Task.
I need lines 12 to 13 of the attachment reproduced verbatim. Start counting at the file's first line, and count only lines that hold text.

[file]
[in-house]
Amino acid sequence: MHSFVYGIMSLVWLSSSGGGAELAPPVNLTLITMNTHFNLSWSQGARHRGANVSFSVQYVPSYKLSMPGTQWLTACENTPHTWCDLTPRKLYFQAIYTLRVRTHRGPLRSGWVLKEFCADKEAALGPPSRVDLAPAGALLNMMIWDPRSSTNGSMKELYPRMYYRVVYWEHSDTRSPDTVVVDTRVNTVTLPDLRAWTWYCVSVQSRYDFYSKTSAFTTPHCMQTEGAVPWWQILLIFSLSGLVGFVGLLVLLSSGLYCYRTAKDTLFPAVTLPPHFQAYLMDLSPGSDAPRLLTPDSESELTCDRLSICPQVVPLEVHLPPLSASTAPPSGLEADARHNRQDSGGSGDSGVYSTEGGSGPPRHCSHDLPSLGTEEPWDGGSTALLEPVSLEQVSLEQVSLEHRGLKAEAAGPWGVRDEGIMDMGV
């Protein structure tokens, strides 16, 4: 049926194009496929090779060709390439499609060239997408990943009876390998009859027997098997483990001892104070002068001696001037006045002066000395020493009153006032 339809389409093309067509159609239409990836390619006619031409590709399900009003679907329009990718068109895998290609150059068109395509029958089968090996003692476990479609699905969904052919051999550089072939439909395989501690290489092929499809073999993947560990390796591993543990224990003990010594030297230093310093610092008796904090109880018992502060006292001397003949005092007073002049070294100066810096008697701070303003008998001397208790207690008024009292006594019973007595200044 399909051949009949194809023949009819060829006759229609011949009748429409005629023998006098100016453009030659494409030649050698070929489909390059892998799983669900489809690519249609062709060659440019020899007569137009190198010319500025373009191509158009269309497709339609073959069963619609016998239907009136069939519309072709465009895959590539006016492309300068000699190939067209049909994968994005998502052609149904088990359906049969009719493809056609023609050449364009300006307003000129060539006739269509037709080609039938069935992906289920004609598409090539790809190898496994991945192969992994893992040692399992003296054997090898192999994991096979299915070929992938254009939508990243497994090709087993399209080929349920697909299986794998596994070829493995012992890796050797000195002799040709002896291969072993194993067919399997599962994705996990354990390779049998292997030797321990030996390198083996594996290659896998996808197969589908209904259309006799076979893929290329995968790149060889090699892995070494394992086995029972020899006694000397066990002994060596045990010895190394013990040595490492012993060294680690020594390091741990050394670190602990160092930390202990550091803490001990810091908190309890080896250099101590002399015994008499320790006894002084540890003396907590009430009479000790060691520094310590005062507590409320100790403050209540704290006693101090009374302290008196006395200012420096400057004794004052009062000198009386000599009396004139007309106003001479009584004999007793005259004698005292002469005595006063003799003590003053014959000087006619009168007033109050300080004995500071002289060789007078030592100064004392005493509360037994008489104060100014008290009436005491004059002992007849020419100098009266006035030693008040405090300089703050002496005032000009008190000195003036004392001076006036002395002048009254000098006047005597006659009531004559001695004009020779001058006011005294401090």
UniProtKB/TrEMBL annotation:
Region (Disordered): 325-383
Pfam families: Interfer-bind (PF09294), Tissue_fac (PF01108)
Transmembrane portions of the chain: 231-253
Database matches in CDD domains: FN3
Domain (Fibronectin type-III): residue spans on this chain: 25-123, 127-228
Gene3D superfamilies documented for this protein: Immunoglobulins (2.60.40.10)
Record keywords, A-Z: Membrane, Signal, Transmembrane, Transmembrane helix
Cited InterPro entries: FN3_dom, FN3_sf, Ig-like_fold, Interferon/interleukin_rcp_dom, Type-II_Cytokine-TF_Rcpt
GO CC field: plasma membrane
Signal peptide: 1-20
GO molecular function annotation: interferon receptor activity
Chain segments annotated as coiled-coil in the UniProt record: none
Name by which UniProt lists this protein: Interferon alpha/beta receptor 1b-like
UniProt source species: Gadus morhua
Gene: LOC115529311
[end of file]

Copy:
Cited InterPro entries: FN3_dom, FN3_sf, Ig-like_fold, Interferon/interleukin_rcp_dom, Type-II_Cytokine-TF_Rcpt
GO CC field: plasma membrane